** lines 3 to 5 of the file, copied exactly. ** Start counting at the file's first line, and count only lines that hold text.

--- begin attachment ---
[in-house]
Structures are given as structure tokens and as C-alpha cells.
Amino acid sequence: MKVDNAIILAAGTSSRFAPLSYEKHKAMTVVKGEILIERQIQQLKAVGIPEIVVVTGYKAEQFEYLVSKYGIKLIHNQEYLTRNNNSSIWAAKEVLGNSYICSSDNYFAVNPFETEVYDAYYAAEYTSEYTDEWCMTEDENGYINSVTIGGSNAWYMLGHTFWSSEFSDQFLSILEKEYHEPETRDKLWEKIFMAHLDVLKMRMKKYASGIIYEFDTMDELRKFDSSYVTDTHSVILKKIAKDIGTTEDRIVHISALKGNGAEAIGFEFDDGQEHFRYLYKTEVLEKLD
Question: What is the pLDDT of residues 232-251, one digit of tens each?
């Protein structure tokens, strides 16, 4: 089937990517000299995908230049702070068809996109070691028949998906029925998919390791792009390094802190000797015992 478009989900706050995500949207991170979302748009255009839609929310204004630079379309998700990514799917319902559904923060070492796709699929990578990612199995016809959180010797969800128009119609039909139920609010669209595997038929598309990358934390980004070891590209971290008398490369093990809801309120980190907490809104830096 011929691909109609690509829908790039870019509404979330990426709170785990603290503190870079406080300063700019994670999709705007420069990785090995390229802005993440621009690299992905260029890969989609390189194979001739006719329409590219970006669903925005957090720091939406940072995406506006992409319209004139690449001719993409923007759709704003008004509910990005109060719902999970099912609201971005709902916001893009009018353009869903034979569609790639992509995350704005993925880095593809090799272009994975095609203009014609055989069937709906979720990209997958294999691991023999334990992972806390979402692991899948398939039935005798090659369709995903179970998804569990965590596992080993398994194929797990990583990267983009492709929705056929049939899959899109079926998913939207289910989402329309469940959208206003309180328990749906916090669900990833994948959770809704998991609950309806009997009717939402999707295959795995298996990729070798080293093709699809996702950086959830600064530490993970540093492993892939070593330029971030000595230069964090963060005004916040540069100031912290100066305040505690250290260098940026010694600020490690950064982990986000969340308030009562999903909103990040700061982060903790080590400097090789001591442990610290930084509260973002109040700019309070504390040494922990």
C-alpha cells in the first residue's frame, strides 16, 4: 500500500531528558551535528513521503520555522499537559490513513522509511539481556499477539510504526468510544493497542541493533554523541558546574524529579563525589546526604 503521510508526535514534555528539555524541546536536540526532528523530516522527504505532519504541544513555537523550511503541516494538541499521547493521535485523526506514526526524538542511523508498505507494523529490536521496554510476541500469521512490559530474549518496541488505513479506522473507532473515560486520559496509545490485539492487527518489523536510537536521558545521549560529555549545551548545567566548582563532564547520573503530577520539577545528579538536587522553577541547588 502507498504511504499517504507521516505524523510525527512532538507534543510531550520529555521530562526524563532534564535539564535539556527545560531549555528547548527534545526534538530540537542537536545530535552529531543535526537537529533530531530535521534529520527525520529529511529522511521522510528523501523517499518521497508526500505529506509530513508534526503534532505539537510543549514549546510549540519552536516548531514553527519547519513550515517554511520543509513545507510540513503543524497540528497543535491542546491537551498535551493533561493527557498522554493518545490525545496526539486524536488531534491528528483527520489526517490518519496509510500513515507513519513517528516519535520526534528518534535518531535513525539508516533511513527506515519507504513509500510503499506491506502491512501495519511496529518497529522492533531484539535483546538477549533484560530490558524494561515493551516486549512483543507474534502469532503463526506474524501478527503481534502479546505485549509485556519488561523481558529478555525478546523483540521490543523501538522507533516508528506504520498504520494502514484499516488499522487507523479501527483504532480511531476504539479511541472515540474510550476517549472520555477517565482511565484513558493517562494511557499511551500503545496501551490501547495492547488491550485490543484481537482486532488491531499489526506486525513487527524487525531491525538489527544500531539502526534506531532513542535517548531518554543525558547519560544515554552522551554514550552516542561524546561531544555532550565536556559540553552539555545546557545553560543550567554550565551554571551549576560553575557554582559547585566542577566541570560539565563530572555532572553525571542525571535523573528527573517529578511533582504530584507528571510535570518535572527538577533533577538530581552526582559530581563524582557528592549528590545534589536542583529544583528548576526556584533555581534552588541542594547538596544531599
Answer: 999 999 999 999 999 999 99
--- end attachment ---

Amino acid sequence: MKVDNAIILAAGTSSRFAPLSYEKHKAMTVVKGEILIERQIQQLKAVGIPEIVVVTGYKAEQFEYLVSKYGIKLIHNQEYLTRNNNSSIWAAKEVLGNSYICSSDNYFAVNPFETEVYDAYYAAEYTSEYTDEWCMTEDENGYINSVTIGGSNAWYMLGHTFWSSEFSDQFLSILEKEYHEPETRDKLWEKIFMAHLDVLKMRMKKYASGIIYEFDTMDELRKFDSSYVTDTHSVILKKIAKDIGTTEDRIVHISALKGNGAEAIGFEFDDGQEHFRYLYKTEVLEKLD
Question: What is the pLDDT of residues 232-251, one digit of tens each?
């Protein structure tokens, strides 16, 4: 089937990517000299995908230049702070068809996109070691028949998906029925998919390791792009390094802190000797015992 478009989900706050995500949207991170979302748009255009839609929310204004630079379309998700990514799917319902559904923060070492796709699929990578990612199995016809959180010797969800128009119609039909139920609010669209595997038929598309990358934390980004070891590209971290008398490369093990809801309120980190907490809104830096 011929691909109609690509829908790039870019509404979330990426709170785990603290503190870079406080300063700019994670999709705007420069990785090995390229802005993440621009690299992905260029890969989609390189194979001739006719329409590219970006669903925005957090720091939406940072995406506006992409319209004139690449001719993409923007759709704003008004509910990005109060719902999970099912609201971005709902916001893009009018353009869903034979569609790639992509995350704005993925880095593809090799272009994975095609203009014609055989069937709906979720990209997958294999691991023999334990992972806390979402692991899948398939039935005798090659369709995903179970998804569990965590596992080993398994194929797990990583990267983009492709929705056929049939899959899109079926998913939207289910989402329309469940959208206003309180328990749906916090669900990833994948959770809704998991609950309806009997009717939402999707295959795995298996990729070798080293093709699809996702950086959830600064530490993970540093492993892939070593330029971030000595230069964090963060005004916040540069100031912290100066305040505690250290260098940026010694600020490690950064982990986000969340308030009562999903909103990040700061982060903790080590400097090789001591442990610290930084509260973002109040700019309070504390040494922990």